Consistency, Connectedness, and Coaching: The Three Cs of Seller Engagement

November 25, 2019

Seller engagement is an area of sales enablement that has been underestimated over the past couple of years. In CSO Insights’ Fifth Annual Sales Enablement Study, it became obvious that a highly engaged Sales force not only produces better results, but also reduces turnover rates.

Seller engagement is the emotional commitment of Salespeople to solve customer problems and drive sales results.

Interestingly, 57.7% of our more than 900 global study participants reported having an engaged Sales force. And guess what? They had better sales results than the study’s average for all three main KPIs: revenue plan attainment, win rates, and quota attainment.

Driving force #1 for engaged Sales forces is engaging Sales managers.

The results were even better if these Sales forces also had inspiring, motivating and engaging Sales managers, as win rates increased by 9.5% and quota attainment by 9.3% (compared to the study’s averages).

What should Sales Enablement do to drive seller engagement and ensure Sales managers are engaging as well?

The key to achieving these connected goals is the “Three Cs:”
consistency, connectedness, and coaching.

When it comes to the third C, coaching, I can hear many of you saying you don’t currently provide sales coaching. So what should you do?

You get started at the foundation, with consistency and connectedness. Then you are positioned to make a big difference in the right direction. After that, why not build a sales coaching pilot program based on the first two Cs and experience the results? This will make the business case for a more comprehensive sales coaching implementation. But first let’s look at the details of the Three Cs and what you should be doing with each:

#1: Consistency: Ensuring all enablement services tell the same story, without contradictions.

This is about ensuring all sales enablement services (content, training, tools and, ideally, coaching) you provide for your target audiences are consistent with each other. It means the messages in your enablement services and their meaning should tell the same story and not conflict. For instance, if your sellers learn one thing in your product training and then find information that tells a different story in your content, there’s no consistency.

The problem with a lack of consistency is that sellers lose trust, adoption goes down, and sellers might stop using your content and training services altogether.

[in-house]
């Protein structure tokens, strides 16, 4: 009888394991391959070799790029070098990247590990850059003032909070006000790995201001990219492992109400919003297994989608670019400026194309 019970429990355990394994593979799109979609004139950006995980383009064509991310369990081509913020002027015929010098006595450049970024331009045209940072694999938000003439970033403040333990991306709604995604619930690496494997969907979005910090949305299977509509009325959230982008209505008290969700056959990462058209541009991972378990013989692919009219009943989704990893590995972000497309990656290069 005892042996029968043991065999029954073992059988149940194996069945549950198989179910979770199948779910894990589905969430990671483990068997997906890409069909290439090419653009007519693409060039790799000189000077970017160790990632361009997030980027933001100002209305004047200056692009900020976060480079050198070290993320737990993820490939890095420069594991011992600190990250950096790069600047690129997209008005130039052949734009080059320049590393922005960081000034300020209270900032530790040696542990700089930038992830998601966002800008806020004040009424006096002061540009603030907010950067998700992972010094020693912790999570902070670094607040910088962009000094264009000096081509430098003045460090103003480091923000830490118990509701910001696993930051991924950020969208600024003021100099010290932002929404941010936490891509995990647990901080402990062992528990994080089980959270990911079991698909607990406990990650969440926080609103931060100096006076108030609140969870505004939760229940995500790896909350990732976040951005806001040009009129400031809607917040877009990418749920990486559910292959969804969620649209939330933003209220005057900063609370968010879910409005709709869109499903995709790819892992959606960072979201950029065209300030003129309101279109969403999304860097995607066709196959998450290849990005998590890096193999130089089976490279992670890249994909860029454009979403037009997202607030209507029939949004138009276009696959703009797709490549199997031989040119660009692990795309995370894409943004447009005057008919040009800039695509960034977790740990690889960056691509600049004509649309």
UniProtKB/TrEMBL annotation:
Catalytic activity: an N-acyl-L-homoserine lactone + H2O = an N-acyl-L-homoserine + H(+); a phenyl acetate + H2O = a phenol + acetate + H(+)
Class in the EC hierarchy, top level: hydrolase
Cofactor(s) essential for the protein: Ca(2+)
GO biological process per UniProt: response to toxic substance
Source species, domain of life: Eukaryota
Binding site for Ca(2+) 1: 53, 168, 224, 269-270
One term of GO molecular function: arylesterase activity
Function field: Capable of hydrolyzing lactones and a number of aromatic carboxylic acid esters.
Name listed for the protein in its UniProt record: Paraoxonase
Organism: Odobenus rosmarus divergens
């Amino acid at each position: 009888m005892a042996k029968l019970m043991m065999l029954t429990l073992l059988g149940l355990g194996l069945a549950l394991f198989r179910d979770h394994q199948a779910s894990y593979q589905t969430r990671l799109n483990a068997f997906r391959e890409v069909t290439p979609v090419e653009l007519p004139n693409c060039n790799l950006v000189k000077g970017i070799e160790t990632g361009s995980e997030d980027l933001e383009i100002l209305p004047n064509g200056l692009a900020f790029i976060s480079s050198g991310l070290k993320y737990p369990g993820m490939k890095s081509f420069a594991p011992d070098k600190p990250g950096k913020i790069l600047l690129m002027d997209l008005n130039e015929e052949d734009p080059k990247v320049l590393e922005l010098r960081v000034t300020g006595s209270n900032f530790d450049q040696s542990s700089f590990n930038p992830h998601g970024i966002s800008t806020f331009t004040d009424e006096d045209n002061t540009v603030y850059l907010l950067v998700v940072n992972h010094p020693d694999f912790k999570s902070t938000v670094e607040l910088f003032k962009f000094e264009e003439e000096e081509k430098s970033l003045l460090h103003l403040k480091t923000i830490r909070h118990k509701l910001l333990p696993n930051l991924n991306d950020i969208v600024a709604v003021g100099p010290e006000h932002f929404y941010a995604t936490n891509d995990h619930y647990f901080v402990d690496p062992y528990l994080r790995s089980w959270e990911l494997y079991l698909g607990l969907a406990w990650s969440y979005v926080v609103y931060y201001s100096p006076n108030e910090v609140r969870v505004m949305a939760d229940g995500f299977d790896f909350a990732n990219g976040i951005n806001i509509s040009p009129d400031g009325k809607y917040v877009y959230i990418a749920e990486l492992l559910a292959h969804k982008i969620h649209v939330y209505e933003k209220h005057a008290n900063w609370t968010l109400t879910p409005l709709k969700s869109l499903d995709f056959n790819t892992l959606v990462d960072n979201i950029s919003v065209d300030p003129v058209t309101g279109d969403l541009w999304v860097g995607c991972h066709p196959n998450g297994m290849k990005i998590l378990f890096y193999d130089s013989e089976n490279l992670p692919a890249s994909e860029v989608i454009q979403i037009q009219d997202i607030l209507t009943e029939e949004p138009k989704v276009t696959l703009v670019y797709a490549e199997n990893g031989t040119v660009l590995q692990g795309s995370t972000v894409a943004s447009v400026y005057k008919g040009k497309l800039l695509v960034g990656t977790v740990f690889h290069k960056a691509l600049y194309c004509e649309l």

The key driver for consistent enablement services is a holistic, tailored and integrated value messaging approach that covers the entire customer path. If you have that in place, then all enablement services have to be adjusted accordingly. If you’re missing such a value messaging approach, it’s time to collaborate with marketing and CX to develop those value messages. For more details, click here.

#2: Connectedness: No content without training, and no training without content and coaching.

Sales Enablement teams often provide great enablement services, such as playbooks (often highly interactive) or scripts for discovery calls and objection handling. However,  providing these tools on any given platform does not necessarily lead to utilization and adoption. Sellers have to learn how to effectively use these assets to become more successful. Only if they see the connection between applying something new and their success will they be engaged and try it.

To enable this, ensure you work with a group of early adopters in the Sales force and that your new content services are combined with short (one- to two-minute) video trainings, ideally done by sellers for their peers.

#3: Coaching: Effective sales coaching drives adoption, reinforcement and sales performance in a double-digit manner.

The third C is about coaching. You can have the best enablement services in the world, but if Sales managers are not on the same page – if they don’t coach at all or if they coach in different directions – then your sales enablement investments are at risk and your organization’s sales performance is in danger.

The first step to getting Sales managers on the same page is to involve them early on, before you even start an enablement initiative. Listen to them and their wisdom, and factor their feedback into your strategy and enablement services.

Next, figure out whether they have been developed as sales coaches. If not, pick one or two who may know how to coach from previous roles, or work with field or external sales coaches to set up a coaching pilot. The pilot should be based on the work you have done with the first two Cs (consistency and connectedness).

Let’s assume you have done a value messaging overhaul and adjusted all of your content and relevant training services. Next, create sales coaching guidelines for this specific case with the coaches, and get your pilot going. Be sure to measure before and after with leading indicators, such as conversion rates (value, volume, and velocity). The results will speak for themselves. In general, sales coaching set up this way improves win rates by 19% (and up to 55.2%) compared to the study’s average.

Remember: Effective sales enablement leaders focus on consistency, connectedness and coaching to drive adoption, reinforcement and performance.

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